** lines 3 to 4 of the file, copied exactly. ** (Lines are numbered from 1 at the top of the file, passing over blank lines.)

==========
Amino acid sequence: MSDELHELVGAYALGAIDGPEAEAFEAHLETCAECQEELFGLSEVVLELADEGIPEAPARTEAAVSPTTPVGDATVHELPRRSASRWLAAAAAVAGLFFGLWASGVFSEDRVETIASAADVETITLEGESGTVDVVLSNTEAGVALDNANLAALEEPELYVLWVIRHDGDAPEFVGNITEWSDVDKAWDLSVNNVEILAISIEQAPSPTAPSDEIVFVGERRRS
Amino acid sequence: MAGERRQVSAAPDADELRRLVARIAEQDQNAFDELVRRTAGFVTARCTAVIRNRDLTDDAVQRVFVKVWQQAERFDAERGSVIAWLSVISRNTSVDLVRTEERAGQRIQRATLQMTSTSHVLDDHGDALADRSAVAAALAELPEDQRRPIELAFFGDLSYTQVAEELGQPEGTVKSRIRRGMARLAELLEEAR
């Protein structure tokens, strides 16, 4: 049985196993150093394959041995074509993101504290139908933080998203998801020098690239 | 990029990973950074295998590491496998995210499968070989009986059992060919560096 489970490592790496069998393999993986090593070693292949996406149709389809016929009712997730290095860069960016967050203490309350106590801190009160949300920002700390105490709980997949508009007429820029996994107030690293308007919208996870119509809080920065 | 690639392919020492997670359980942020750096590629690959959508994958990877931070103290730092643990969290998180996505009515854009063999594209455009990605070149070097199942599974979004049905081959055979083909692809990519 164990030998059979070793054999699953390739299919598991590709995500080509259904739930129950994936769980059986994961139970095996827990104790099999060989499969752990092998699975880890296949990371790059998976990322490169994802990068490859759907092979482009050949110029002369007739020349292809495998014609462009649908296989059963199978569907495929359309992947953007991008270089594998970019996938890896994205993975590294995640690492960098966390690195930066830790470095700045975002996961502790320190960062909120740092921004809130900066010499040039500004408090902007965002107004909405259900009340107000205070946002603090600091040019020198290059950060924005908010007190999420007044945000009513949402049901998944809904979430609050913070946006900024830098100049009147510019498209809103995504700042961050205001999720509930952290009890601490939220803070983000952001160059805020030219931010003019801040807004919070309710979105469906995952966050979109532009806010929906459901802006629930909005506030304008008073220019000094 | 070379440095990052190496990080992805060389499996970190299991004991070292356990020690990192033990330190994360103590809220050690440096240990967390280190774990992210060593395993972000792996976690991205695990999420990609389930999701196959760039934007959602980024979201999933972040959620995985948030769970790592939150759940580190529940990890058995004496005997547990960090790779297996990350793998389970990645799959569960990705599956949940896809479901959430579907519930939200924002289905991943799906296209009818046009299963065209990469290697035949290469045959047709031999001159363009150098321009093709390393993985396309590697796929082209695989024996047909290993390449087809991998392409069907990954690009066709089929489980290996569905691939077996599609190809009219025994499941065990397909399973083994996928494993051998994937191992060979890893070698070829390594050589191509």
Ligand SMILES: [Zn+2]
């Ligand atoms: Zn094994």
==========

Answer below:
């Protein structure tokens, strides 16, 4: 049985196993150093394959041995074509993101504290139908933080998203998801020098690239 | 990029990973950074295998590491496998995210499968070989009986059992060919560096 489970490592790496069998393999993986090593070693292949996406149709389809016929009712997730290095860069960016967050203490309350106590801190009160949300920002700390105490709980997949508009007429820029996994107030690293308007919208996870119509809080920065 | 690639392919020492997670359980942020750096590629690959959508994958990877931070103290730092643990969290998180996505009515854009063999594209455009990605070149070097199942599974979004049905081959055979083909692809990519 164990030998059979070793054999699953390739299919598991590709995500080509259904739930129950994936769980059986994961139970095996827990104790099999060989499969752990092998699975880890296949990371790059998976990322490169994802990068490859759907092979482009050949110029002369007739020349292809495998014609462009649908296989059963199978569907495929359309992947953007991008270089594998970019996938890896994205993975590294995640690492960098966390690195930066830790470095700045975002996961502790320190960062909120740092921004809130900066010499040039500004408090902007965002107004909405259900009340107000205070946002603090600091040019020198290059950060924005908010007190999420007044945000009513949402049901998944809904979430609050913070946006900024830098100049009147510019498209809103995504700042961050205001999720509930952290009890601490939220803070983000952001160059805020030219931010003019801040807004919070309710979105469906995952966050979109532009806010929906459901802006629930909005506030304008008073220019000094 | 070379440095990052190496990080992805060389499996970190299991004991070292356990020690990192033990330190994360103590809220050690440096240990967390280190774990992210060593395993972000792996976690991205695990999420990609389930999701196959760039934007959602980024979201999933972040959620995985948030769970790592939150759940580190529940990890058995004496005997547990960090790779297996990350793998389970990645799959569960990705599956949940896809479901959430579907519930939200924002289905991943799906296209009818046009299963065209990469290697035949290469045959047709031999001159363009150098321009093709390393993985396309590697796929082209695989024996047909290993390449087809991998392409069907990954690009066709089929489980290996569905691939077996599609190809009219025994499941065990397909399973083994996928494993051998994937191992060979890893070698070829390594050589191509």
Ligand SMILES: [Zn+2]